Strategic Militarization, Deterrence and Wars

44 Pages Posted: 1 Oct 2008

See all articles by Matthew O. Jackson

Matthew O. Jackson

Stanford University - Department of Economics; Santa Fe Institute; Canadian Institute for Advanced Research (CIFAR)

Massimo Morelli

Bocconi University

Date Written: September 1, 2008


We study countries choosing armament levels and then whether or not to go to war. We show that if the costs of war are not overly high or low, then all equilibria must involve "dove," "hawk," and "deterrent" strategies and the probability of war is positive (but less than one) in any given period. Wars are between countries with differing armament levels and the frequency of wars is tempered by the presence of armament levels that are expressly chosen for their deterrent properties. As the probability of winning a war becomes more reactive to increased armament, the frequency of wars decreases. Finally, as it becomes increasingly possible to negotiate a credible settlement, the probability of peace increases, but the variance of armament levels increases and war becomes increasingly likely when negotiation is not available. This matches observed patterns in the data over time.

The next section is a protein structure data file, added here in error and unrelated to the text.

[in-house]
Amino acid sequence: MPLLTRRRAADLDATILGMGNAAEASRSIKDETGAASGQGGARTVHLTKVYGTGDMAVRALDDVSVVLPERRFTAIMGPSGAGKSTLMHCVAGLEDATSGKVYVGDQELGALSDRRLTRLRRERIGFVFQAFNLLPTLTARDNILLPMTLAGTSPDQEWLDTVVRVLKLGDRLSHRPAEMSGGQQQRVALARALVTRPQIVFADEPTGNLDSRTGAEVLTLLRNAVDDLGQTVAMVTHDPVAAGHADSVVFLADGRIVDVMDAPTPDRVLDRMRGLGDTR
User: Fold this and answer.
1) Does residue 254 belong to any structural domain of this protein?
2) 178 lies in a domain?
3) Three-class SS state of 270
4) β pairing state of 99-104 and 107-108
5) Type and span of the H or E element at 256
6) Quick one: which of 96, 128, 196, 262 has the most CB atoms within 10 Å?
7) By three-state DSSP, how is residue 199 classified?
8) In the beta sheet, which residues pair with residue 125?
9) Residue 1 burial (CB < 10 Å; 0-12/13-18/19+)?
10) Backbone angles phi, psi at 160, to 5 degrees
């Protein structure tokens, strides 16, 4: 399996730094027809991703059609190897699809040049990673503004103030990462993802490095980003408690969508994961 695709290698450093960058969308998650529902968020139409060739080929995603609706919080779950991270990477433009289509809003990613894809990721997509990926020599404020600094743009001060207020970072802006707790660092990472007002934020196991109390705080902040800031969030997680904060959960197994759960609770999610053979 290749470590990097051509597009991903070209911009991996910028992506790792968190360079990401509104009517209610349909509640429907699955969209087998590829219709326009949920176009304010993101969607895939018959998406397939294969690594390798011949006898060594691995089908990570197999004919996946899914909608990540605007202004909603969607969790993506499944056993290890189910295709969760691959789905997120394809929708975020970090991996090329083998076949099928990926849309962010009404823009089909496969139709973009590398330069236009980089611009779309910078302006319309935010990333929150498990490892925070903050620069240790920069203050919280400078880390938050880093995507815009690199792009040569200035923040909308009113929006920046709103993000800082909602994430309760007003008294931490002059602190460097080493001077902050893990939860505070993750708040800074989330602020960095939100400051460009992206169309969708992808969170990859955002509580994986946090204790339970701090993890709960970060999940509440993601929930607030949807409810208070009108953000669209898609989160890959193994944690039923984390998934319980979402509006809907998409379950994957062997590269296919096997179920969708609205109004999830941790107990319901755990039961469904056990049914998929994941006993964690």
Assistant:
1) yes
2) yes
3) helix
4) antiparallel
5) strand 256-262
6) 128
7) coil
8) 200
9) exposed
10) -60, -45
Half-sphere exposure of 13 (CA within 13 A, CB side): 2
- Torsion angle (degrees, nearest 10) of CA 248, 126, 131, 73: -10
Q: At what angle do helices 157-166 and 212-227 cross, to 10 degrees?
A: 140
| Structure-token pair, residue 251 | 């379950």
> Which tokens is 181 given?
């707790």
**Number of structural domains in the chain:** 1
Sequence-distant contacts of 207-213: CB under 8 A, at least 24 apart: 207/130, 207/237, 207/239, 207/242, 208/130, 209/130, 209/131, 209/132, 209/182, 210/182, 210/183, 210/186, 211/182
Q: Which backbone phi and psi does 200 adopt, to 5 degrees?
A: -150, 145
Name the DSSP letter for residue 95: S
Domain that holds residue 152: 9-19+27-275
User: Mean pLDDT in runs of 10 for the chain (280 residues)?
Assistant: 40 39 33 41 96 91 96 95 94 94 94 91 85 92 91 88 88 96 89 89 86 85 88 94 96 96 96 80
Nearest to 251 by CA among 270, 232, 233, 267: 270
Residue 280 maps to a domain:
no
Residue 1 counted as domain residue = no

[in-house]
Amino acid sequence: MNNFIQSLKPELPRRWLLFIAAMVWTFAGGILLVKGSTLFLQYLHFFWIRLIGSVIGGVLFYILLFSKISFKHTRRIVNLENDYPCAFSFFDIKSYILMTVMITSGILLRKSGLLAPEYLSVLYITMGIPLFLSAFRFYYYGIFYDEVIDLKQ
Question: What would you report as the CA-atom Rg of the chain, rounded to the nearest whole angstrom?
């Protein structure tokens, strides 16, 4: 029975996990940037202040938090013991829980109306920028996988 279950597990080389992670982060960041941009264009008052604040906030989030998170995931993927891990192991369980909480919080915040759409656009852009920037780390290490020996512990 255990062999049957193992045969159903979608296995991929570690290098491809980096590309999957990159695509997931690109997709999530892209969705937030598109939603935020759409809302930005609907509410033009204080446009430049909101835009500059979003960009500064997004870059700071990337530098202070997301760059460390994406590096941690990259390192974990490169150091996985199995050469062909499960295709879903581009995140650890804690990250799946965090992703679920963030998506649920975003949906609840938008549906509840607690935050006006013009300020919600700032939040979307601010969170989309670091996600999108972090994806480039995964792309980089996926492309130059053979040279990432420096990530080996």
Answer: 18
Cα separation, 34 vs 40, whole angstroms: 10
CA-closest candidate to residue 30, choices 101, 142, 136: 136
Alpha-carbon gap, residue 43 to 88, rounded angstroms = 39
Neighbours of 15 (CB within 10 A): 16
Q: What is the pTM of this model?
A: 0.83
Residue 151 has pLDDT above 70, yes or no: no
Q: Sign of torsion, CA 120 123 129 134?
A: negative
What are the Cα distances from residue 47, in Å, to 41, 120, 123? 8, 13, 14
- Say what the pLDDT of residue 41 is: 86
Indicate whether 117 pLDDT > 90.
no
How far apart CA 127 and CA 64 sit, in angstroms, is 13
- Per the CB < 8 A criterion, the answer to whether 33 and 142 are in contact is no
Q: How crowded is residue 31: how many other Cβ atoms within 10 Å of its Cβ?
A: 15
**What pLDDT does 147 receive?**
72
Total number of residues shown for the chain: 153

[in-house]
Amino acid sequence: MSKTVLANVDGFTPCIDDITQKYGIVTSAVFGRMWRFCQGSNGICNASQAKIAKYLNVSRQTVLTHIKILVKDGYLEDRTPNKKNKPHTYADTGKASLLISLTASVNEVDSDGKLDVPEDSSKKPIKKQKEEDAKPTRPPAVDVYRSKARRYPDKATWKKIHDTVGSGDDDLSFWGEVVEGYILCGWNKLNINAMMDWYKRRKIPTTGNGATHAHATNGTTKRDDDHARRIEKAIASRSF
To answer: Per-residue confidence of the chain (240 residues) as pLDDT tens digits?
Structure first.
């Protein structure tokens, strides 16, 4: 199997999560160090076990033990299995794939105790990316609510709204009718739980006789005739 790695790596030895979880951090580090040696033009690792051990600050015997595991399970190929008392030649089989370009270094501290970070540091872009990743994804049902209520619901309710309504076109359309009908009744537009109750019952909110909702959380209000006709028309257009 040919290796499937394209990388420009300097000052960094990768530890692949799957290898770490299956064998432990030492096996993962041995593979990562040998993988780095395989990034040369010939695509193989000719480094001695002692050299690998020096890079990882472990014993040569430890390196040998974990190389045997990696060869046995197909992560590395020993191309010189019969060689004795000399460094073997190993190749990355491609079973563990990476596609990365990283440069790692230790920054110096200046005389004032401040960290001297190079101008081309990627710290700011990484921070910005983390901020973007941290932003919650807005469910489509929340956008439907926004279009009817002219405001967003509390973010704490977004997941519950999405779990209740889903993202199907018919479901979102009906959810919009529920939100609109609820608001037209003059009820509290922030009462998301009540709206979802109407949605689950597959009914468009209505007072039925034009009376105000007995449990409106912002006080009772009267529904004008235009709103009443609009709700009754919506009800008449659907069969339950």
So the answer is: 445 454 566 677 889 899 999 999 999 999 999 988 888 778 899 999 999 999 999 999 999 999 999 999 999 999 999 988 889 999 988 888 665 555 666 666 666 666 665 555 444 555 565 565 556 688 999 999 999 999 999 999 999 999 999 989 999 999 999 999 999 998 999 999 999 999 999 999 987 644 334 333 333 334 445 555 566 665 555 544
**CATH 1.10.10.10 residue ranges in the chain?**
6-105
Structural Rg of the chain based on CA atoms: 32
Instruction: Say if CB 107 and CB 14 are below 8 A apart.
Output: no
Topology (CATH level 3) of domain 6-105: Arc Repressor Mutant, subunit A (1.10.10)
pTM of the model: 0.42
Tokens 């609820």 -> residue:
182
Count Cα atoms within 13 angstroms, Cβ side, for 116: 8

Suggested Citation

Jackson, Matthew O. and Morelli, Massimo, Strategic Militarization, Deterrence and Wars (September 1, 2008). Available at SSRN: or

Matthew O. Jackson (Contact Author)

Stanford University - Department of Economics ( email )

Landau Economics Building
579 Serra Mall
Stanford, CA 94305-6072
United States
1-650-723-3544 (Phone)


Santa Fe Institute

1399 Hyde Park Road
Santa Fe, NM 87501
United States

Canadian Institute for Advanced Research (CIFAR) ( email )

180 Dundas Street West, Suite 1400
Toronto, Ontario

Massimo Morelli

Bocconi University ( email )

Via Roentgen 1
Milan, 20136

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